North Texas Light Brigade lit up the message "Love One Another" following the Dallas Ambush earlier this summer. 

North Texas Light Brigade lit up the message "Love One Another" following the Dallas Ambush earlier this summer. 

Courtesy Photo/NTLB North Texas Light Brigade Facebook

"Love One Another."

The message was in large, 2-foot block pink letters at the Dallas Police Association Vigil shortly following the Dallas Ambush. Hundreds of people saw the message, but not everyone knew who the people holding it were: the North Texas Light Brigade.

In essence, the NTLB promotes messages — typically in reaction to national or worldwide events — by having volunteers hold messages of lighted letters in public spaces, such as overpasses, government buildings, monuments and other highly visible locations.

After a few members of the NTLB witnessed the shooting at the Dallas Ambush, NTLB chose to display the simple message "Love One Another" at the vigil.

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"That's the crux of most of the issues we deal with. If we just deal with each other with love, we could solve so many issues," NTLB Organizer Leslie Harris said.

The Light Brigade originated from with the Overpass Light Brigade in Wisconsin. When its first message was well-received, light brigades began popping up all over the country, including Dallas, where Mandalay Trudeau led the charge with blue lights. Harris was among one of the most dedicated members, and when Trudeau headed to Denver to start a new brigade there, Harris began crafting new, pink letters to continue the light brigade in Dallas.

While local brigades are under the national umbrella, they still have the freedom to choose their own messages. The Dallas division typically preaches progressive messages of peace and social justice, according to Harris.

"We try to reach out to the public with messages that they may not normally hear because often those messages are not readily available in the mainstream media," Harris said. "We either do things that are timely, or sometimes there are just messages we've always wanted to put out there that we put out when we feel it's important."

Hundreds gathered in Dallas in remembrance of the victims and survivors of the Orlando mass shooting and in support of the LGBTQ community. NTLB marched as well. 

Hundreds gathered in Dallas in remembrance of the victims and survivors of the Orlando mass shooting and in support of the LGBTQ community. NTLB marched as well.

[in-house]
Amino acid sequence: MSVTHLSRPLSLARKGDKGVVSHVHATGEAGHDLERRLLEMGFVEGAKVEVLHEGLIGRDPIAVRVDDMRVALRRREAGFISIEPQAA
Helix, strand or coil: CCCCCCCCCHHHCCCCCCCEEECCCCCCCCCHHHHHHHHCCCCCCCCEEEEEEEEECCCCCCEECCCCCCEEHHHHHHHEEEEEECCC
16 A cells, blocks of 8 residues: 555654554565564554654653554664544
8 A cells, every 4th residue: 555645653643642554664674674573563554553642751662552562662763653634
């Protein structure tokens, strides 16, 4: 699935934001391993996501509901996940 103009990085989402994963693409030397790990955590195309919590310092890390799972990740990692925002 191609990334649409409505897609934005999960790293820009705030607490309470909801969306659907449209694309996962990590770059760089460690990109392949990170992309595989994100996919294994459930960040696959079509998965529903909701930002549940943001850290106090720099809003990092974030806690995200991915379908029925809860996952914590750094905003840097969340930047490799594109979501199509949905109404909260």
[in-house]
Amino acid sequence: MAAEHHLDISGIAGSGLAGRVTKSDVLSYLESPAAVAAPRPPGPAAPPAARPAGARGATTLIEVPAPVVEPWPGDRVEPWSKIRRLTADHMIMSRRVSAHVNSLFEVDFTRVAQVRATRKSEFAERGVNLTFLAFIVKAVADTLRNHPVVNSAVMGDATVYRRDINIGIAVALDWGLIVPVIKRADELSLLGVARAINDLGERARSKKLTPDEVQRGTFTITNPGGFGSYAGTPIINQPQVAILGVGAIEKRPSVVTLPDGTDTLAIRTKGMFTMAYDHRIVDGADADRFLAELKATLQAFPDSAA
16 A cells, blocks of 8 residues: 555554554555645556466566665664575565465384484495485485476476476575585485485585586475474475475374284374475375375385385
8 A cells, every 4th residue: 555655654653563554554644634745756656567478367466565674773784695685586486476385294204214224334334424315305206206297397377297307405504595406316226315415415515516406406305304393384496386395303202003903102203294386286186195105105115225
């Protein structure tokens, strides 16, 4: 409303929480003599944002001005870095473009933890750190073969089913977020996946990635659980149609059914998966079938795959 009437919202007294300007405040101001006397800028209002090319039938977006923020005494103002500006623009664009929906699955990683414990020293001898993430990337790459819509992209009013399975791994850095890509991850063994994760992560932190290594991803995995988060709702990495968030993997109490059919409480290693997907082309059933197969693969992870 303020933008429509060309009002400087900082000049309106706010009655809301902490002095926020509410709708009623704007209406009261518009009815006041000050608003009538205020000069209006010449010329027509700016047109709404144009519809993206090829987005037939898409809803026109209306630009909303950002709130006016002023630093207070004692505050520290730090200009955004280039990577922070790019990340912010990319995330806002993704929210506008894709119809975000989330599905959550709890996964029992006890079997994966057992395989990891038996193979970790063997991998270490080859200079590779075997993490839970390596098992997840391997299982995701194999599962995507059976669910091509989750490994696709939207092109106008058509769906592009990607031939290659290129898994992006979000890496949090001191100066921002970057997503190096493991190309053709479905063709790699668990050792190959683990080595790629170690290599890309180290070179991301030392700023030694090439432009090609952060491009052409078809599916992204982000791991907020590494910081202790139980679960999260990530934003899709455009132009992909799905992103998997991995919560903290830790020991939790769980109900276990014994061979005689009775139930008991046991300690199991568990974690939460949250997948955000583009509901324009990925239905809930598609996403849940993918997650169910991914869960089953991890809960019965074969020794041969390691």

Courtesy Photo/NTLB Facebook Page (Photo by Linda Cooke)

NTLB also held a message following the Orlando shooting, and they marched with the LGBTQ community holding a message.

Around the world, light brigades have made composite images (such as this and this) to promote their message even further. Photographer Linda Cooke has taken most of the pictures for the NTLB.

"One of the great things about the light brigade messages is that they're exponential," Harris said. "We make beautiful photos, not just beautiful messages."

NTLB has a core group of about a dozen members, but some messages inspire a more passionate response, bringing up to 100 people to hold the letters. Harris hopes to have at least one person per every letter board (they're a bit heavy to hold) at each event.

The NTLB gathered at the Trinity Overlook Park in front of the Dallas Skyline to display a message of welcome to refugees.

The NTLB gathered at the Trinity Overlook Park in front of the Dallas Skyline to display a message of welcome to refugees.

Courtesy Photo/NTLB Facebook Page (Photo by Linda Cooke)

"We try to remember to always put some joy into our gatherings, and I think it gives us a sense of empowerment to be able to share collectively in spreading a message that we think is important," Harris said.

A full-time activist volunteering with a number of organizations, Harris is in charge of making new letters when the messages require them, a very time consuming process that's difficult on the hands. She begins with plastic panels, punches holes in them, and then inserts the holiday string of lights into the holes. The hour-long process is never quite over, however, as she is constantly recharging and changing batteries.

"Sometimes I get really tired and it takes a really long time to get everything prepared, but then I get there and I see faces of all these smiling friends who are all gathering for a cause we think is important. I always come home feeling great.

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